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MDM2 Overexpression Cooperates with Mutant CDK4 in Mammary Cell Transformation and Tumorigenesis

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Annual summary, 1 Jul 2004-30 Jun 2005

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In an effort to gain a better understanding of the consequence of deregulated CDK4 activity in vivo, the authors generated knock-in transgenic mice that express a tumor-derived mutant form of CDK4 r24c. Interestingly, these mice are very prone to developing tumors of different cellular origins, including breast tumors. Since the p53 tumor suppressor pathway is an inhibitor of oncogene-induced transformation and is inactivated in a high percentage of mouse and human tumors, they decided to determine if inactivation of the p53 pathway is an important step in CDK4 mutant-induced tumorigenesis. The investigation revealed that MDM2 is overexpressed in 3 out of 10 breast tumors from these transgenic mice, and the authors have found no evidence that the p53 pathway is inactivated in the tumors that arise in these animals. MDM2 has oncogenic properties when overexpressed, and high amounts of the protein are present in human cancers. It is generally accepted that MDM2 promotes tumorigenesis by directly blocking the function of the p53 tumor suppressor. However, recent studies indicate that MDM2 promotes cell proliferation by mechanisms that are independent of inactivating p53, including by inhibiting the anti-proliferative activity of Transforming Growth Factor-Beta 1 TGF Beta 1 in breast tumors. Considering that they have found no evidence for the loss of p53 function by p53 gene mutation or the loss of p19 sup ARF expression, the scope of this proposal is to address if MDM2 overexpression cooperates with mutant CDK4 in mammary cell transformation and tumorigenesis by affecting p53-independent proliferation control pathways.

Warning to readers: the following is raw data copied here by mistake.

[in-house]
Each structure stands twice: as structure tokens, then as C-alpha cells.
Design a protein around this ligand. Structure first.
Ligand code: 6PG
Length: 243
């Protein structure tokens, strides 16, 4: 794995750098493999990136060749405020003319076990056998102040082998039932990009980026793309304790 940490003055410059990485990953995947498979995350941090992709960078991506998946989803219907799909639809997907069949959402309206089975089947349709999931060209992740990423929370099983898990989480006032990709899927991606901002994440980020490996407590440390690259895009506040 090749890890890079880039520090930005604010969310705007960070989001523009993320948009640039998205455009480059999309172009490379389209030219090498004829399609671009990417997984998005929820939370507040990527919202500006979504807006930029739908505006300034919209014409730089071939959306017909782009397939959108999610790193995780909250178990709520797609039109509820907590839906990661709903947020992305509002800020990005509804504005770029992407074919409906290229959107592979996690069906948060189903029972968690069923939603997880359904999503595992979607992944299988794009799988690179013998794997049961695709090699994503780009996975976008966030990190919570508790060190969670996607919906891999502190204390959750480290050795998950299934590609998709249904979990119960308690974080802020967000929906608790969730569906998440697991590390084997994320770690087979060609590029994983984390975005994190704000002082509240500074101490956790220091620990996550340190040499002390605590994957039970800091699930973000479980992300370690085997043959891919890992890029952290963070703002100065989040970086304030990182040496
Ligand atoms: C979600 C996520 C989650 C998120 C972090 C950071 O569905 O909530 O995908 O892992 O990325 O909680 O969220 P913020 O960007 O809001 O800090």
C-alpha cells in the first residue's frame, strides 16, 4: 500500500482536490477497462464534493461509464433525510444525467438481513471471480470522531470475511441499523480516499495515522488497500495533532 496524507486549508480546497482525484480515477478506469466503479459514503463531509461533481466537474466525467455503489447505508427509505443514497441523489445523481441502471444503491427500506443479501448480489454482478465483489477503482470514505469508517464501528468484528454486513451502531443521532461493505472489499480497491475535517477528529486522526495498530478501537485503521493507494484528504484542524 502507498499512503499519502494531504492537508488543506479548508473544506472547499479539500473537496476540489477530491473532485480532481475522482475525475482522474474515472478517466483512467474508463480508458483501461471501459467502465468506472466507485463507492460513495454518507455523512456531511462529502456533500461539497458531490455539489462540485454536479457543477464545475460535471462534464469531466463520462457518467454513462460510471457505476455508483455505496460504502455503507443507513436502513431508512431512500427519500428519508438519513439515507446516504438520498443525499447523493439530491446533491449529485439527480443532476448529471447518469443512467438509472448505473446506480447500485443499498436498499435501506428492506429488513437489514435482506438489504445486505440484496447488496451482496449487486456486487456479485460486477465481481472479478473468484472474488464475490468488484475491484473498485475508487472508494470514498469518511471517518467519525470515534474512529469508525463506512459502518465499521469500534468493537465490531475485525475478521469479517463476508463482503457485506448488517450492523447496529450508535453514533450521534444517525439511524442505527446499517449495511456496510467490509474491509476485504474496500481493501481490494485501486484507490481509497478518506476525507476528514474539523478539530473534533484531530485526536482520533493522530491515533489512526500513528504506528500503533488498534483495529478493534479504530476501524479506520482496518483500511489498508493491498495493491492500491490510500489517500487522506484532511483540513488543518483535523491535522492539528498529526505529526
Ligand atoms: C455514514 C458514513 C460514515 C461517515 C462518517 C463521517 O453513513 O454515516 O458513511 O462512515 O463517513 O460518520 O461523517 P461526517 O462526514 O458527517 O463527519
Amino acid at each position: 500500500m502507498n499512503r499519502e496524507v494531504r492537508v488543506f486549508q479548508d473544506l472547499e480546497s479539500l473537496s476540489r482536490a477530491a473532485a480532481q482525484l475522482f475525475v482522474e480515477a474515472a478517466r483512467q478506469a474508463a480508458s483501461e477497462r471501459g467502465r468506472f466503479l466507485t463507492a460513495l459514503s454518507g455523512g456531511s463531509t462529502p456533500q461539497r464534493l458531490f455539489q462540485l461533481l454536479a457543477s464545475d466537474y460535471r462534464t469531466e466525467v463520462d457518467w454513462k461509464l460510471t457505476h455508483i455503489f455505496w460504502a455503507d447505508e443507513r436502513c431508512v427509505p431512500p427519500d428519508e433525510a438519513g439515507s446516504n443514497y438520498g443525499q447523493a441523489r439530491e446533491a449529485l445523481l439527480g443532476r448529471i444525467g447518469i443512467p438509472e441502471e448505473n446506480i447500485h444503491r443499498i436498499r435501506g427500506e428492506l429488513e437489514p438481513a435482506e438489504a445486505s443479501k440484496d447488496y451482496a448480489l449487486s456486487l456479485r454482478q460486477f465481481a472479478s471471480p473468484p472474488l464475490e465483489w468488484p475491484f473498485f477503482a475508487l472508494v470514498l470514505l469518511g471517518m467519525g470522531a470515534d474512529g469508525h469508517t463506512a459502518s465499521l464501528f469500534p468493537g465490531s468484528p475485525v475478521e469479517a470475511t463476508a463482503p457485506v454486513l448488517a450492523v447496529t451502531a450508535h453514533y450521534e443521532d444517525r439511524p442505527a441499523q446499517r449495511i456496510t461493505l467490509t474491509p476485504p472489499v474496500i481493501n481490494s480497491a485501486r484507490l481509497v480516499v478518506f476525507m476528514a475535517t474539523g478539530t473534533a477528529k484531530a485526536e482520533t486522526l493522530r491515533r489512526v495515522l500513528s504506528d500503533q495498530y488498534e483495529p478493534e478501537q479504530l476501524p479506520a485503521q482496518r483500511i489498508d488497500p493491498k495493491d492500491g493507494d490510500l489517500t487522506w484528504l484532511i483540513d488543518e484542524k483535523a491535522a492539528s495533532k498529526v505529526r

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  • Genetic Engineering and Molecular Biology
  • Medicine and Medical Research
  • Microbiology

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